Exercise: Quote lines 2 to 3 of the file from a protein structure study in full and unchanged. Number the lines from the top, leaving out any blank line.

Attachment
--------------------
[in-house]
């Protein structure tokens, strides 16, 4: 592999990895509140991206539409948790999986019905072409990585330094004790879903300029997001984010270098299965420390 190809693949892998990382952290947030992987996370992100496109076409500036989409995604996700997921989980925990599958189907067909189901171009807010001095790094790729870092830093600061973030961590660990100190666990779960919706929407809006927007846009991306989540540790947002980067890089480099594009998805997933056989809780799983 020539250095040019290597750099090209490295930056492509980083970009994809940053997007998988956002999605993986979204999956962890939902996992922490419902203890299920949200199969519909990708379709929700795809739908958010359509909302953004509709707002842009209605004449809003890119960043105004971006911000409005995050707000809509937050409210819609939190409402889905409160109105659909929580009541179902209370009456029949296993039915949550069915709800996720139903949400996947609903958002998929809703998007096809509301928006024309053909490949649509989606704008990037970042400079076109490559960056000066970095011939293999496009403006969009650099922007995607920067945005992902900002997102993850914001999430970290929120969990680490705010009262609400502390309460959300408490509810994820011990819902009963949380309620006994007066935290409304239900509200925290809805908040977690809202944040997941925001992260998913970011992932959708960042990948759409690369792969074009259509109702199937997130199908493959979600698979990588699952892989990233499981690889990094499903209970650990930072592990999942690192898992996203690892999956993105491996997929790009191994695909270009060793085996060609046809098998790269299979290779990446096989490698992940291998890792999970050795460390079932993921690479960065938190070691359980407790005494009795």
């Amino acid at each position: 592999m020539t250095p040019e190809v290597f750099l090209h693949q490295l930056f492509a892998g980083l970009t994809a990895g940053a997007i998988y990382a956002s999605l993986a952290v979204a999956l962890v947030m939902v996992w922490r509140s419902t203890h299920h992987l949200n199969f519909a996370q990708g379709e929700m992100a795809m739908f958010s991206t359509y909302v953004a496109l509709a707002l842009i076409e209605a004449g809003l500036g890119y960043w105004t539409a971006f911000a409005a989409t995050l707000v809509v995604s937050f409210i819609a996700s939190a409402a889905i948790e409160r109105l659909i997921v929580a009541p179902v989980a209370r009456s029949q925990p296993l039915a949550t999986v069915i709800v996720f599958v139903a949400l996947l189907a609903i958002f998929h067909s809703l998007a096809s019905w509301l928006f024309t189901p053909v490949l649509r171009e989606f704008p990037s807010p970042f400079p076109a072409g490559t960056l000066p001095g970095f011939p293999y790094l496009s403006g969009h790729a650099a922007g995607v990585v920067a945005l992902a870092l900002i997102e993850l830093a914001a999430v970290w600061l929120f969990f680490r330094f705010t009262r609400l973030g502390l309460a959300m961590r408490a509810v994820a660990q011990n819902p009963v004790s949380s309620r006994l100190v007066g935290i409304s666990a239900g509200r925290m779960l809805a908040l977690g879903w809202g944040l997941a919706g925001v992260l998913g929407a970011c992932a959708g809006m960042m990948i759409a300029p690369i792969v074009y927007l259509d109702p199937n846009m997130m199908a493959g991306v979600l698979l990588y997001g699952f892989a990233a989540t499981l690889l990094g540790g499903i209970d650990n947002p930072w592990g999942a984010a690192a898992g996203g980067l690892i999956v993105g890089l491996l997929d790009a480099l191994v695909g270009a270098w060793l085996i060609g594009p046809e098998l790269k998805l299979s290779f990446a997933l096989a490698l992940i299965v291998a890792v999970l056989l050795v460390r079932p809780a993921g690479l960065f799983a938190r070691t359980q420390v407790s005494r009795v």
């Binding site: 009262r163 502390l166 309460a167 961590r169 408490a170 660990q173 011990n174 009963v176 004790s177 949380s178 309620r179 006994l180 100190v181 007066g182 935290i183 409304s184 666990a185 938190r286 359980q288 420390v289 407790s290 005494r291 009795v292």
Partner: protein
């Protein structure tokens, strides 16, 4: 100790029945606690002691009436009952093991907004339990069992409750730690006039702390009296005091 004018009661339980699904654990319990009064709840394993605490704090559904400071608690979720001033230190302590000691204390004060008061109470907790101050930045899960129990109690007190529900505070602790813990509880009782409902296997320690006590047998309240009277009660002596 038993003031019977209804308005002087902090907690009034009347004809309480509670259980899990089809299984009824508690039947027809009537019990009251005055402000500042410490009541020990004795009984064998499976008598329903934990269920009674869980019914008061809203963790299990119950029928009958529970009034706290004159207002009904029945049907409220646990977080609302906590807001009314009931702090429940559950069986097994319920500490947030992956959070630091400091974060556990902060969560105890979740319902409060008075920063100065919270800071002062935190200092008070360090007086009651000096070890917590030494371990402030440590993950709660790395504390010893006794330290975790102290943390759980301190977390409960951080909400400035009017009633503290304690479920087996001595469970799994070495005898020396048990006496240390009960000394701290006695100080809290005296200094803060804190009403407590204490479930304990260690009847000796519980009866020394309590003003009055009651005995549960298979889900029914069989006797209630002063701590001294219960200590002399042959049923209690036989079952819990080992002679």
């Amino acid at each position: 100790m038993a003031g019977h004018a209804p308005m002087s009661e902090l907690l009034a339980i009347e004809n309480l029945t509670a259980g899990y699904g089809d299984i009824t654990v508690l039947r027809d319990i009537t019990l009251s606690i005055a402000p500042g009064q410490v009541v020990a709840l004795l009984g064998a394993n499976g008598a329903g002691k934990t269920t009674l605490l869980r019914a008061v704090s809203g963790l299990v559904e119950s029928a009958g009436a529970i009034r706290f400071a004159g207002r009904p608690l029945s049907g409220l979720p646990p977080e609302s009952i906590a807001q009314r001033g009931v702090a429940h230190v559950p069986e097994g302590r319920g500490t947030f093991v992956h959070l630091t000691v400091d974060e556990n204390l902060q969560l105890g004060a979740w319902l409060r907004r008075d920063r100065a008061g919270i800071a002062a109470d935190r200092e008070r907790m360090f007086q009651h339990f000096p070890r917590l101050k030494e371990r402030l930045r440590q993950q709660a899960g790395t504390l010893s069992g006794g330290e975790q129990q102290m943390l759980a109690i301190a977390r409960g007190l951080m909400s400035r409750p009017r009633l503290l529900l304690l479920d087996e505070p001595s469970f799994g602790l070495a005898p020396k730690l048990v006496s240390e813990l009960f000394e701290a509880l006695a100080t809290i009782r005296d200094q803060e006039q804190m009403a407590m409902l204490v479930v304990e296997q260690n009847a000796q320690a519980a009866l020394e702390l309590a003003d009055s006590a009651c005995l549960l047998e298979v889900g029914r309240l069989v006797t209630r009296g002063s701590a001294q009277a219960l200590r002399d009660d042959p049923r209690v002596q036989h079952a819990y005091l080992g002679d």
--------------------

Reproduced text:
């Protein structure tokens, strides 16, 4: 592999990895509140991206539409948790999986019905072409990585330094004790879903300029997001984010270098299965420390 190809693949892998990382952290947030992987996370992100496109076409500036989409995604996700997921989980925990599958189907067909189901171009807010001095790094790729870092830093600061973030961590660990100190666990779960919706929407809006927007846009991306989540540790947002980067890089480099594009998805997933056989809780799983 020539250095040019290597750099090209490295930056492509980083970009994809940053997007998988956002999605993986979204999956962890939902996992922490419902203890299920949200199969519909990708379709929700795809739908958010359509909302953004509709707002842009209605004449809003890119960043105004971006911000409005995050707000809509937050409210819609939190409402889905409160109105659909929580009541179902209370009456029949296993039915949550069915709800996720139903949400996947609903958002998929809703998007096809509301928006024309053909490949649509989606704008990037970042400079076109490559960056000066970095011939293999496009403006969009650099922007995607920067945005992902900002997102993850914001999430970290929120969990680490705010009262609400502390309460959300408490509810994820011990819902009963949380309620006994007066935290409304239900509200925290809805908040977690809202944040997941925001992260998913970011992932959708960042990948759409690369792969074009259509109702199937997130199908493959979600698979990588699952892989990233499981690889990094499903209970650990930072592990999942690192898992996203690892999956993105491996997929790009191994695909270009060793085996060609046809098998790269299979290779990446096989490698992940291998890792999970050795460390079932993921690479960065938190070691359980407790005494009795």
């Amino acid at each position: 592999m020539t250095p040019e190809v290597f750099l090209h693949q490295l930056f492509a892998g980083l970009t994809a990895g940053a997007i998988y990382a956002s999605l993986a952290v979204a999956l962890v947030m939902v996992w922490r509140s419902t203890h299920h992987l949200n199969f519909a996370q990708g379709e929700m992100a795809m739908f958010s991206t359509y909302v953004a496109l509709a707002l842009i076409e209605a004449g809003l500036g890119y960043w105004t539409a971006f911000a409005a989409t995050l707000v809509v995604s937050f409210i819609a996700s939190a409402a889905i948790e409160r109105l659909i997921v929580a009541p179902v989980a209370r009456s029949q925990p296993l039915a949550t999986v069915i709800v996720f599958v139903a949400l996947l189907a609903i958002f998929h067909s809703l998007a096809s019905w509301l928006f024309t189901p053909v490949l649509r171009e989606f704008p990037s807010p970042f400079p076109a072409g490559t960056l000066p001095g970095f011939p293999y790094l496009s403006g969009h790729a650099a922007g995607v990585v920067a945005l992902a870092l900002i997102e993850l830093a914001a999430v970290w600061l929120f969990f680490r330094f705010t009262r609400l973030g502390l309460a959300m961590r408490a509810v994820a660990q011990n819902p009963v004790s949380s309620r006994l100190v007066g935290i409304s666990a239900g509200r925290m779960l809805a908040l977690g879903w809202g944040l997941a919706g925001v992260l998913g929407a970011c992932a959708g809006m960042m990948i759409a300029p690369i792969v074009y927007l259509d109702p199937n846009m997130m199908a493959g991306v979600l698979l990588y997001g699952f892989a990233a989540t499981l690889l990094g540790g499903i209970d650990n947002p930072w592990g999942a984010a690192a898992g996203g980067l690892i999956v993105g890089l491996l997929d790009a480099l191994v695909g270009a270098w060793l085996i060609g594009p046809e098998l790269k998805l299979s290779f990446a997933l096989a490698l992940i299965v291998a890792v999970l056989l050795v460390r079932p809780a993921g690479l960065f799983a938190r070691t359980q420390v407790s005494r009795v």